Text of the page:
Feldman asked Goers if the workers said they ignored alarms or signals of a stopped flow. “No one told you that the flow had stopped and they ignored it?” he asked.
“No one told me that,” Gores answered. “If the workers had known the flow had stopped, they would have taken immediate action.”
Winter was approaching when BP recognized the problem, making a solution harder, Feldman suggested to Goers. “Isn’t it almost always easier to do things on the North Slope in summer, except cross-country skiing,” he asked.
“Yes, it would have been easier to deal with in the summer,” Goers said.
Trying to revoke probation is “very unusual” and may have been spurred by the 2010 spill in the Gulf of Mexico, said Thomas O. McGarity, an environmental-law professor at the University of Texas in Austin.
The blowout of BP’s Macondo well and the explosion that followed killed 11 workers and set off the worst offshore oil spill in U.S. history.
“It looks like they decided to get really serious,” McGarity said of the prosecutors. If probation is revoked, BP probably will face additional fines, he said.
After two spills in 2006, BP “devoted extensive resources to improving the reliability and quality of the Prudhoe Bay oil transit line system,” it said in a Nov. 14 filing.
This included enhancing the pipeline integrity management systems, upgrading and replacing pipelines and installing a new leak-detection system, it said.
The 2007 criminal plea to one misdemeanor violation of the Clean Water Act followed two Prudhoe Bay spills in 2006. One was in March, the other in August.
Prosecutors claimed that sludge built up in a corroded pipeline involved in the March spill, creating an environment for bacteria to grow and eat an almond-size hole in the line.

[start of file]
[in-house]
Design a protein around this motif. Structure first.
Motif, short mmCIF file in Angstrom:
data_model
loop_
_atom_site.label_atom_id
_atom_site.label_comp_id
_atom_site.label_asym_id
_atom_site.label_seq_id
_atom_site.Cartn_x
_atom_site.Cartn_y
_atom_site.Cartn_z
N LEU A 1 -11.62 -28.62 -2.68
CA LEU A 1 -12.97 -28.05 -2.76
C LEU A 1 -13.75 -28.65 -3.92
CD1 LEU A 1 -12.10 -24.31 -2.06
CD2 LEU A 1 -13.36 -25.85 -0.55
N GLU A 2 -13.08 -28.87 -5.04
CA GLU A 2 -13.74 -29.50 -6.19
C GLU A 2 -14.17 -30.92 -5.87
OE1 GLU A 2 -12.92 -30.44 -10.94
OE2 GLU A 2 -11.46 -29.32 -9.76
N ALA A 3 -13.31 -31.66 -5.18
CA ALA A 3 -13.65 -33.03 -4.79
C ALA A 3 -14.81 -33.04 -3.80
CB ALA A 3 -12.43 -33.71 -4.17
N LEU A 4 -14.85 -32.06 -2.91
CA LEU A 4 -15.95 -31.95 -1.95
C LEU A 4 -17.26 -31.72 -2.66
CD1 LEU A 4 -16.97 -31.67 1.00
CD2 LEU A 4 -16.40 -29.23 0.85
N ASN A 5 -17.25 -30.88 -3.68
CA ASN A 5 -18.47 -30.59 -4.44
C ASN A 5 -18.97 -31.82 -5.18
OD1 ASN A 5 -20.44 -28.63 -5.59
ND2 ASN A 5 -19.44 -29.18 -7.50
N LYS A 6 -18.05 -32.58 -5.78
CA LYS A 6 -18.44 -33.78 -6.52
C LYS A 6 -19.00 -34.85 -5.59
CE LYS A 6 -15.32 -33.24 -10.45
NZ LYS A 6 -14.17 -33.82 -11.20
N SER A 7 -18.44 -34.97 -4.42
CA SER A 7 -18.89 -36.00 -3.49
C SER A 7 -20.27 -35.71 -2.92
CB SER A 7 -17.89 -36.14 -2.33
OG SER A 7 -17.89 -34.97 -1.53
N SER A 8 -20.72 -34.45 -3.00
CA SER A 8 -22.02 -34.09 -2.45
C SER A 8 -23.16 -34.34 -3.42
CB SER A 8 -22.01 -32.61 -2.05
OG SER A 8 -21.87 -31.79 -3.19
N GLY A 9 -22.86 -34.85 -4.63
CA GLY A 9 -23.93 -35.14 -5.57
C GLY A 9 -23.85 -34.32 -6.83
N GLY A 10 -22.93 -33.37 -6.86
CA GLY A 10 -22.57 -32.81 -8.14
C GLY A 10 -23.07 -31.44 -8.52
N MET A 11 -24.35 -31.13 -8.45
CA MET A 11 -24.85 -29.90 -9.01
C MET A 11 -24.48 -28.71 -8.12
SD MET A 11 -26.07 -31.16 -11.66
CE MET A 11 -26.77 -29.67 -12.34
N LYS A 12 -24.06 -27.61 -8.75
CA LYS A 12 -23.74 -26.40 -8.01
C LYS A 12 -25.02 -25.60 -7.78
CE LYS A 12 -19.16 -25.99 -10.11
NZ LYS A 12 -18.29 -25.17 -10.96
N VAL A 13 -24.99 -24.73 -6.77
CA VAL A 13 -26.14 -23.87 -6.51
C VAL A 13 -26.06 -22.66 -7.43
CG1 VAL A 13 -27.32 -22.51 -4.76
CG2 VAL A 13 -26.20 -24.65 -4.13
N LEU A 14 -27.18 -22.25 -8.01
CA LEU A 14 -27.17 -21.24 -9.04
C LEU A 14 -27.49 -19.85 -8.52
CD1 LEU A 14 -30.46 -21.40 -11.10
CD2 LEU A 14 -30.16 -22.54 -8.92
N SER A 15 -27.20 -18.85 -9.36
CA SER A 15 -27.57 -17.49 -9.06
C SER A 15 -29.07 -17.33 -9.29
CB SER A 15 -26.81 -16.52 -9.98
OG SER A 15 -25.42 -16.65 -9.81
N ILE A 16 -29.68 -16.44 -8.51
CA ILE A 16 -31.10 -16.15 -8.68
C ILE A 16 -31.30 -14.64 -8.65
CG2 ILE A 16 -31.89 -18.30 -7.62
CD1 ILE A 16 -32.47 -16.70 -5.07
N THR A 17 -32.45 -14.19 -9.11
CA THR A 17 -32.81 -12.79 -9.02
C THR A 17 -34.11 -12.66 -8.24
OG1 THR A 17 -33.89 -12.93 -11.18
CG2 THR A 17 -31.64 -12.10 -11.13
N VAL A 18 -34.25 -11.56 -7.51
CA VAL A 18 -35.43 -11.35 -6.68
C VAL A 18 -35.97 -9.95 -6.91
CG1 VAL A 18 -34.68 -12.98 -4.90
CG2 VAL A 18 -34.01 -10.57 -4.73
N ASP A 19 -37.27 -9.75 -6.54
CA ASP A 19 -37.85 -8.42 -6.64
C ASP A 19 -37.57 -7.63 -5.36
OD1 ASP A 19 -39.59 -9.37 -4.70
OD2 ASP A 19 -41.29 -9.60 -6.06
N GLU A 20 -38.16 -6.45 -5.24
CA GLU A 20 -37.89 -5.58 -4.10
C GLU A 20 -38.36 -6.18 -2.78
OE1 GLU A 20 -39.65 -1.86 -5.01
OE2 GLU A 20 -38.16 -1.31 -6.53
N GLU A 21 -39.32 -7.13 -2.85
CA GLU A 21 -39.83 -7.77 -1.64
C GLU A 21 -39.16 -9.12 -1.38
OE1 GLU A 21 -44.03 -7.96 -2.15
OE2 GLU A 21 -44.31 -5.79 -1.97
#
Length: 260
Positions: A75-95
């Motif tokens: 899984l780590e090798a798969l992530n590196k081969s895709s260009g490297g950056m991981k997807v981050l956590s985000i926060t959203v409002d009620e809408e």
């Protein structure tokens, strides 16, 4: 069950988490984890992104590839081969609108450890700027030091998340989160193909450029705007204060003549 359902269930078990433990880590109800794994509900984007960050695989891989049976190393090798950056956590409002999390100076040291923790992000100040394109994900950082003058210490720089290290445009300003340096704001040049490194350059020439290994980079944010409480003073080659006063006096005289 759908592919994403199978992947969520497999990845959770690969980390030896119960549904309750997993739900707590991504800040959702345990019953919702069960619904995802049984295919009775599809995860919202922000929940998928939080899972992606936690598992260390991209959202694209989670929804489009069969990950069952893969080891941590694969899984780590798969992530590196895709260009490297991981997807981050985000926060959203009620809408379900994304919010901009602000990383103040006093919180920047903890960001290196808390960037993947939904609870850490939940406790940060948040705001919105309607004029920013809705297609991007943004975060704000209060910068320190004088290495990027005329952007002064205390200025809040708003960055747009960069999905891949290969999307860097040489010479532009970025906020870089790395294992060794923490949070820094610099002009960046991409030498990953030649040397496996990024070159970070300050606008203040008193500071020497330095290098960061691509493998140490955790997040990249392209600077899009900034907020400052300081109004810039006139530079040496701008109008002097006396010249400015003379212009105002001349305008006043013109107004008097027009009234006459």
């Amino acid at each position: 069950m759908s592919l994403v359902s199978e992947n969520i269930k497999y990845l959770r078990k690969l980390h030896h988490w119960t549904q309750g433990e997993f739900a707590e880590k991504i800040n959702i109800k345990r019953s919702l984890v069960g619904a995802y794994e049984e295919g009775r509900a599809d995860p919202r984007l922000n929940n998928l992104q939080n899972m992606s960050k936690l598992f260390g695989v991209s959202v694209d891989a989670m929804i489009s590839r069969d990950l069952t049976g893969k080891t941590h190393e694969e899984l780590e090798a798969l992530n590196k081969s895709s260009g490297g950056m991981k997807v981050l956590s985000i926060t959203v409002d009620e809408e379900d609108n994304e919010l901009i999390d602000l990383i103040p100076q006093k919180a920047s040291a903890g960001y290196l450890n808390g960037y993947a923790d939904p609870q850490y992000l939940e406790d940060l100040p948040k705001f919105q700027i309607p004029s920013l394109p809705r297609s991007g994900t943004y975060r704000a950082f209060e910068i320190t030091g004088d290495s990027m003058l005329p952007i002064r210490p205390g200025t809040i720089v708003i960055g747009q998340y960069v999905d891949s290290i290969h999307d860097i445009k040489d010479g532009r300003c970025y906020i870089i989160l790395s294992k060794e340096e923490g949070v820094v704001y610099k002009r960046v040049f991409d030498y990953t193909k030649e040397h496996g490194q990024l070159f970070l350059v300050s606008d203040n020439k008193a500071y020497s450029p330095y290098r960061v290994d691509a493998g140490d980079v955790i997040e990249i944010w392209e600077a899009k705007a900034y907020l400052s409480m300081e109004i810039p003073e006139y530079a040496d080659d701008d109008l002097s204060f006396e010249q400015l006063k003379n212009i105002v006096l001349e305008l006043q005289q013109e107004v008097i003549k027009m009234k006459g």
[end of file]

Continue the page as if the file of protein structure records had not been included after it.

The company should have run devices called “pigs” through the pipeline to inspect and clean out sludge, Nelson Cohen, then U.S. attorney for Alaska, said at November 2007 hearing on BP’s criminal plea. The company hadn’t “pigged” the line in eight years before the first spill, he said.
The second spill prompted BP to shut production temporarily at half of the Prudhoe Bay oil field. The plea covered the March 2006 oil spill, Cohen said at the time.
The U.S. didn’t prosecute BP for the later, smaller spill because the company acted promptly to contain it, Cohen said.
Prosecutors said they will call a former BP compliance and ethics officer in Alaska as a witness. The employee wrote to the government alleging that “budget constraints and lack of maintenance resources” had become a problem at the Lisburne facility, prosecutors said.
The 2009 rupture wasn’t predictable, BP argued in court papers. The rupture occurred in an 18-inch common line in the Lisburne field and resulted in an unpermitted discharge of oil onto state land, BP said in its Nov. 14 filing.
This didn’t violate the federal Clean Water Act because none of the discharge polluted waters of the U.S., BP said. Alaska state law violations require a finding of criminal negligence and the company wasn’t negligent at all, much less criminally so, BP said.
The spill was “an unprecedented event,” the company said.
“Contrary to the government’s claims, the conditions that led to this spill had never previously been encountered on the North Slope,” BP said. The pipeline that ruptured “had performed flawlessly for decades,” it said.
The spill didn’t go far, barred by a roadway and by the contents of the line, which “were mostly frozen or congealed before the pipeline broke,” BP said.
An agent from EPA described the discharge as “like a very stiff Slurpee, or like a very stiff snow cone if you will,” BP said, referring to a statement at a December 2009 press briefing. “This stuff leaked down on the ground and it’s just sitting there,” the agent, Matt Carr, also said, according to BP.
The case is U.S. v. BP Exploration (Alaska) Inc., 3:07- cr-00125, U.S. District Court, District of Alaska (Anchorage).